Spider of the Week: Phidippus texanus (Week 1)

Everyone, meet Linda, my new Phidippus texanus! I have spent way too much time watching/taking pictures of her this week, so I thought that I might as well share with everyone else.

photo 2-1
Linda, bein’ adorable, a few minutes after I first picked her up.

Spiders that belong to the North American genus Phidippus are some of the most well known jumping spiders of the Salticid family, as they are usually rather large and charismatic, and often have bright green chelicerae.

Can see a hint of Linda's green chelicerae in this shot.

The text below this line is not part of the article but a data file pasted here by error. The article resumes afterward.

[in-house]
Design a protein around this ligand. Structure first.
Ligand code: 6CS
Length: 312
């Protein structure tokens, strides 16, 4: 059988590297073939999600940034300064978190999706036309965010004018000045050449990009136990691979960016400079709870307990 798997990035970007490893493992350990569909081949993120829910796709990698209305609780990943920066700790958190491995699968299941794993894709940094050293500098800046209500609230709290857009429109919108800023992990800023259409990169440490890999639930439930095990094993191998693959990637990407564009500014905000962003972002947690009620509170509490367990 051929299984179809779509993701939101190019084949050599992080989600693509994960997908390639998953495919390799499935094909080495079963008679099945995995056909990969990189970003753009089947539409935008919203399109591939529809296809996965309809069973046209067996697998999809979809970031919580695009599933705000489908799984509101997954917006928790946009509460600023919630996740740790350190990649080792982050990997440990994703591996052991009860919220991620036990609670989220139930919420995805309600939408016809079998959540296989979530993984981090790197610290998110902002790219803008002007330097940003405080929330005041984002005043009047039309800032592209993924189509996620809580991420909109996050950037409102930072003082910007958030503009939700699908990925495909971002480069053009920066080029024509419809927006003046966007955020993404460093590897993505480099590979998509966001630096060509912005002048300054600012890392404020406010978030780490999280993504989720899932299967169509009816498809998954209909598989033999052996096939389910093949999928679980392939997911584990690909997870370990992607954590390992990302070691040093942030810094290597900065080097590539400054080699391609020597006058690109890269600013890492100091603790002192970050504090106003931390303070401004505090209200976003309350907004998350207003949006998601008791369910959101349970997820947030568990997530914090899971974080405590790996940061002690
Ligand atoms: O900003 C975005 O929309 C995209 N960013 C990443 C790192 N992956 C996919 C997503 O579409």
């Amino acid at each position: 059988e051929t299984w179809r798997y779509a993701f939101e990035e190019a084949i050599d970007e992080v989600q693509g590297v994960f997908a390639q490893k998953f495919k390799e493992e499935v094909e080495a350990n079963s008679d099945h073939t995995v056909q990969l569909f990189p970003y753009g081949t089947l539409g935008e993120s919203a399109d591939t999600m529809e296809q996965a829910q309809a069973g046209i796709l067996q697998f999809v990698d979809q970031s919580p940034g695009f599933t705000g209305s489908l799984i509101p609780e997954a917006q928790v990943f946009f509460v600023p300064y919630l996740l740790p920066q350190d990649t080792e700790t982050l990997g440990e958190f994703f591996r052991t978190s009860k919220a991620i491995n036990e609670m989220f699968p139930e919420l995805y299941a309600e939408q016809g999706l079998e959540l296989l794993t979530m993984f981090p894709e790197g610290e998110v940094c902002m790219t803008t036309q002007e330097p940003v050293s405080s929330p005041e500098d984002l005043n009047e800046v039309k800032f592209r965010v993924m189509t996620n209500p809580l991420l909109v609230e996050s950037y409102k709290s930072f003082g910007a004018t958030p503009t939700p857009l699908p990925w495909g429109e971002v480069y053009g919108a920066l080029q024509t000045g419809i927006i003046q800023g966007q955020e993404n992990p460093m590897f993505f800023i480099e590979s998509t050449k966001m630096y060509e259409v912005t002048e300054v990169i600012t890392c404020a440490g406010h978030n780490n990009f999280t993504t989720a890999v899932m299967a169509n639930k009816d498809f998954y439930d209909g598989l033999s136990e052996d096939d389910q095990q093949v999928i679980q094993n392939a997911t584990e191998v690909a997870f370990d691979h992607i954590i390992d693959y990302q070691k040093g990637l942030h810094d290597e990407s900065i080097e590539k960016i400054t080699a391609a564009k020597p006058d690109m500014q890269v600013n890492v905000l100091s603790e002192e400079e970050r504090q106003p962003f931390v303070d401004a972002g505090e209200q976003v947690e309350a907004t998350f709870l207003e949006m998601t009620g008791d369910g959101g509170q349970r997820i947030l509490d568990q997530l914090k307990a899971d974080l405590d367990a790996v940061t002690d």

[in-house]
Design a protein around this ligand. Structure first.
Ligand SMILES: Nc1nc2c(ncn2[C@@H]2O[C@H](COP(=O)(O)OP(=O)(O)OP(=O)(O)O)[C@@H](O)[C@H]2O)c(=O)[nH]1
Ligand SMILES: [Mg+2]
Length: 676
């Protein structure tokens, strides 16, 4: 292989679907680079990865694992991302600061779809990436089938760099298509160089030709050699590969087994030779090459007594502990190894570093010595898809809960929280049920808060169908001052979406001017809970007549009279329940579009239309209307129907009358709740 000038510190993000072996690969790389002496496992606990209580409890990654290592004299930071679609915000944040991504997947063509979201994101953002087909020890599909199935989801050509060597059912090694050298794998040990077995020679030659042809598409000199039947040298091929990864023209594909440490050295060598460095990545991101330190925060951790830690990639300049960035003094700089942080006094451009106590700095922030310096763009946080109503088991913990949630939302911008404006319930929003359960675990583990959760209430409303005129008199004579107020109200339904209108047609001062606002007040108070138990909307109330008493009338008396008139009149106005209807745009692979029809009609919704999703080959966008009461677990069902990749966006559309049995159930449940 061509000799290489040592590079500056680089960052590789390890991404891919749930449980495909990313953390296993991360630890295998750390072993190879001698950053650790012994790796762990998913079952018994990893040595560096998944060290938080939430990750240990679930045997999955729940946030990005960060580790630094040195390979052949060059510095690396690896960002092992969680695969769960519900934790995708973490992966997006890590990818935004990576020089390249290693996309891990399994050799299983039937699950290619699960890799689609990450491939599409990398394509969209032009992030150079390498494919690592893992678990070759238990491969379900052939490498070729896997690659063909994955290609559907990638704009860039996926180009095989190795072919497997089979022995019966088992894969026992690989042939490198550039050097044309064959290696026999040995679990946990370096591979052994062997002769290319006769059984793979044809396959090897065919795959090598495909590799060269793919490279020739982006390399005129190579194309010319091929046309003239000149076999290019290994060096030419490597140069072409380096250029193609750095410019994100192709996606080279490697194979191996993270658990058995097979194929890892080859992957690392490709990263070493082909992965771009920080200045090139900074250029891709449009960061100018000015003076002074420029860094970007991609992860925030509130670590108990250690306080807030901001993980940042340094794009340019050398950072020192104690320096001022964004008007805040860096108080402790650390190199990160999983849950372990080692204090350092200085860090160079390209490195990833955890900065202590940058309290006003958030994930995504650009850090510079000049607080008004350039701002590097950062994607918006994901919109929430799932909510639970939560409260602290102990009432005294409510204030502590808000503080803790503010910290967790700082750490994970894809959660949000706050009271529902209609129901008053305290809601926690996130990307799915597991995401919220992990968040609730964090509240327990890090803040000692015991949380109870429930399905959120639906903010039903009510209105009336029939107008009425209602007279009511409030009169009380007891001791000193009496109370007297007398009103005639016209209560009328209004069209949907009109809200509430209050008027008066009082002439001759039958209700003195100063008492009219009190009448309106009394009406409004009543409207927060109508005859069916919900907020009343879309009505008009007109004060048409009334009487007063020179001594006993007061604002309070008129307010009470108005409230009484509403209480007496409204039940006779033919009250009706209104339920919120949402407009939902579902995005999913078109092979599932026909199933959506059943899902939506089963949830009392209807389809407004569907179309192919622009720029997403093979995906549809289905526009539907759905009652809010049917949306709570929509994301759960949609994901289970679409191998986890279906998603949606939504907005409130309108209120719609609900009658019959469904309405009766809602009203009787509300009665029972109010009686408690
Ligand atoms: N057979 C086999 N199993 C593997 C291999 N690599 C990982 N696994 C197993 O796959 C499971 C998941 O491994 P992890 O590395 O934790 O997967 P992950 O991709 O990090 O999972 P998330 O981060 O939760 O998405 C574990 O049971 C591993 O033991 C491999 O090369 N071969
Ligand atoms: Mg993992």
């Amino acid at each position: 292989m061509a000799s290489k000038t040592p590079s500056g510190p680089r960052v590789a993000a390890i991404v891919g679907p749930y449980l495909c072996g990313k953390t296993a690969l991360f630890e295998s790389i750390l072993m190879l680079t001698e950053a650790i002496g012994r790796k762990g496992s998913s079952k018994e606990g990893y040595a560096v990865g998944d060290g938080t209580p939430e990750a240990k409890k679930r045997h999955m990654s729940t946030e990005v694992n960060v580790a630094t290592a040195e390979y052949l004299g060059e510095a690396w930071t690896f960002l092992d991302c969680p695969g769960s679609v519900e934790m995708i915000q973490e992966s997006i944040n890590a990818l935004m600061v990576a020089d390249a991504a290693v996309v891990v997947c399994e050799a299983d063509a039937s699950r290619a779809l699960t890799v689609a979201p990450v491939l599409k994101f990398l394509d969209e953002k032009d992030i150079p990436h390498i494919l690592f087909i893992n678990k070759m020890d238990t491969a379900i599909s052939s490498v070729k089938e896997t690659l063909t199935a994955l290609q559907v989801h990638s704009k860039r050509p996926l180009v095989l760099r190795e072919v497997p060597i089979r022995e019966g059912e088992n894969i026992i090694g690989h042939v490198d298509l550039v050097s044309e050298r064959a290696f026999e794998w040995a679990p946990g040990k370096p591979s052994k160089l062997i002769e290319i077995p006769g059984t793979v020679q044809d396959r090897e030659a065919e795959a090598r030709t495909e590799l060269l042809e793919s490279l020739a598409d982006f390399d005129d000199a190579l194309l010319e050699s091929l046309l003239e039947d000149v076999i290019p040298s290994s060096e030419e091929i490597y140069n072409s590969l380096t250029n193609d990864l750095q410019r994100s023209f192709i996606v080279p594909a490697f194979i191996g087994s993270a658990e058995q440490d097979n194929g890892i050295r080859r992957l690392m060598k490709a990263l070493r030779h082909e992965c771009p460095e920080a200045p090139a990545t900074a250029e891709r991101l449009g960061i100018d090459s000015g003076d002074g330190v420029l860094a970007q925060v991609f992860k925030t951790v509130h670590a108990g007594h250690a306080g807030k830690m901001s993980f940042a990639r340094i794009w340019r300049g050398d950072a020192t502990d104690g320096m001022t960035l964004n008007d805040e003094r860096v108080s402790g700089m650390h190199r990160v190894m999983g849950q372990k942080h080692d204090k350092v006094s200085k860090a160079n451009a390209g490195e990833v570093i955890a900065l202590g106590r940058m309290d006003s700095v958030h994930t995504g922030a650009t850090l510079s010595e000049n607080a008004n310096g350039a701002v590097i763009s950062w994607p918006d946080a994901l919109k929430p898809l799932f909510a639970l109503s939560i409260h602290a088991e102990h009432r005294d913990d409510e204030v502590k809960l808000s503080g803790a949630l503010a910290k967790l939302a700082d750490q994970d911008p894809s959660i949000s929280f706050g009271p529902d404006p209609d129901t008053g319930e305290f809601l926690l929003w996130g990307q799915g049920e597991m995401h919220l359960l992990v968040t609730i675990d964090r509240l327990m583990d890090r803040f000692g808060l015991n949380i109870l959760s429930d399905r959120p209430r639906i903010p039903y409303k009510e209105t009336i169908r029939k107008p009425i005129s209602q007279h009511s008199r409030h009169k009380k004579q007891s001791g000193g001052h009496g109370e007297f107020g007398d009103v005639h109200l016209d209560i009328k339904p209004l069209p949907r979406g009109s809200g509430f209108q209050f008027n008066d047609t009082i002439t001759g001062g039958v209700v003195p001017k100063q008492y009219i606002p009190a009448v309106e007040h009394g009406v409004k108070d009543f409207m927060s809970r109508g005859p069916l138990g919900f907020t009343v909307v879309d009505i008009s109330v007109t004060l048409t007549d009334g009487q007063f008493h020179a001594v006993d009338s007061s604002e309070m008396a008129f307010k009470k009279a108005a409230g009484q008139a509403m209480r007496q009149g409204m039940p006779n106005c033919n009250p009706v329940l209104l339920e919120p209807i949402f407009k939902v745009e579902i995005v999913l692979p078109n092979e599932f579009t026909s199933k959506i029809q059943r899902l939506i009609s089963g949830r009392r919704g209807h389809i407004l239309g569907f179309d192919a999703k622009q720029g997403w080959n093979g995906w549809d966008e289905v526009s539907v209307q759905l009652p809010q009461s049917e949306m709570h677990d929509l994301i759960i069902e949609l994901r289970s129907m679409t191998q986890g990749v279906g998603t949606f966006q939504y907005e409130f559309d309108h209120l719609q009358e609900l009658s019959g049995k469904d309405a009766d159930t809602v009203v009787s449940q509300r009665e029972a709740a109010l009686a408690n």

Can see a hint of Linda’s green chelicerae in this shot.

Like many animals, Phidippus texanus is sexually dimorphic, in that females are mostly brown with some white stripes on their backside (see below), while males are black with bright red-orange coloring on the dorsal side of their abdomen (see picture here). This extreme coloration is possibly due to years of sexual selection, where male coloring could be a signal of health, good genes, etc… (see more on sexual selection here).

Linda - dorsal view.
Linda – dorsal view.

Anyway, I’m off to go do some DNA extractions for the rest of the afternoon, more info to come on P. texanus in the coming weeks!

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